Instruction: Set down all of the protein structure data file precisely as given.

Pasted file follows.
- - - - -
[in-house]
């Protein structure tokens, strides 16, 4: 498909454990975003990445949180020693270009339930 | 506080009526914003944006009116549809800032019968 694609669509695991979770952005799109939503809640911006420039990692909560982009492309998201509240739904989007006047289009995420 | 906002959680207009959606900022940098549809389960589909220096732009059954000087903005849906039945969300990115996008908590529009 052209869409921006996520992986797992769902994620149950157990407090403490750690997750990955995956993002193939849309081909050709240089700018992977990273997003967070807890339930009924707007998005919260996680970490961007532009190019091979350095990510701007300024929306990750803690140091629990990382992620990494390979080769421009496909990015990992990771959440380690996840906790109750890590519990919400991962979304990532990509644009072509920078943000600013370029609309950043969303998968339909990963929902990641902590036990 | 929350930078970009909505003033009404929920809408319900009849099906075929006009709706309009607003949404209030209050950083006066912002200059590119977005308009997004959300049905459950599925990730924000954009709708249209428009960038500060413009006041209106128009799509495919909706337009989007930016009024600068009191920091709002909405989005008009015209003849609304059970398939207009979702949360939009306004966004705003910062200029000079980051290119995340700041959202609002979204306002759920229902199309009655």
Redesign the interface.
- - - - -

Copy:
[in-house]
């Protein structure tokens, strides 16, 4: 498909454990975003990445949180020693270009339930 | 506080009526914003944006009116549809800032019968 694609669509695991979770952005799109939503809640911006420039990692909560982009492309998201509240739904989007006047289009995420 | 906002959680207009959606900022940098549809389960589909220096732009059954000087903005849906039945969300990115996008908590529009 052209869409921006996520992986797992769902994620149950157990407090403490750690997750990955995956993002193939849309081909050709240089700018992977990273997003967070807890339930009924707007998005919260996680970490961007532009190019091979350095990510701007300024929306990750803690140091629990990382992620990494390979080769421009496909990015990992990771959440380690996840906790109750890590519990919400991962979304990532990509644009072509920078943000600013370029609309950043969303998968339909990963929902990641902590036990 | 929350930078970009909505003033009404929920809408319900009849099906075929006009709706309009607003949404209030209050950083006066912002200059590119977005308009997004959300049905459950599925990730924000954009709708249209428009960038500060413009006041209106128009799509495919909706337009989007930016009024600068009191920091709002909405989005008009015209003849609304059970398939207009979702949360939009306004966004705003910062200029000079980051290119995340700041959202609002979204306002759920229902199309009655």
Redesign the interface.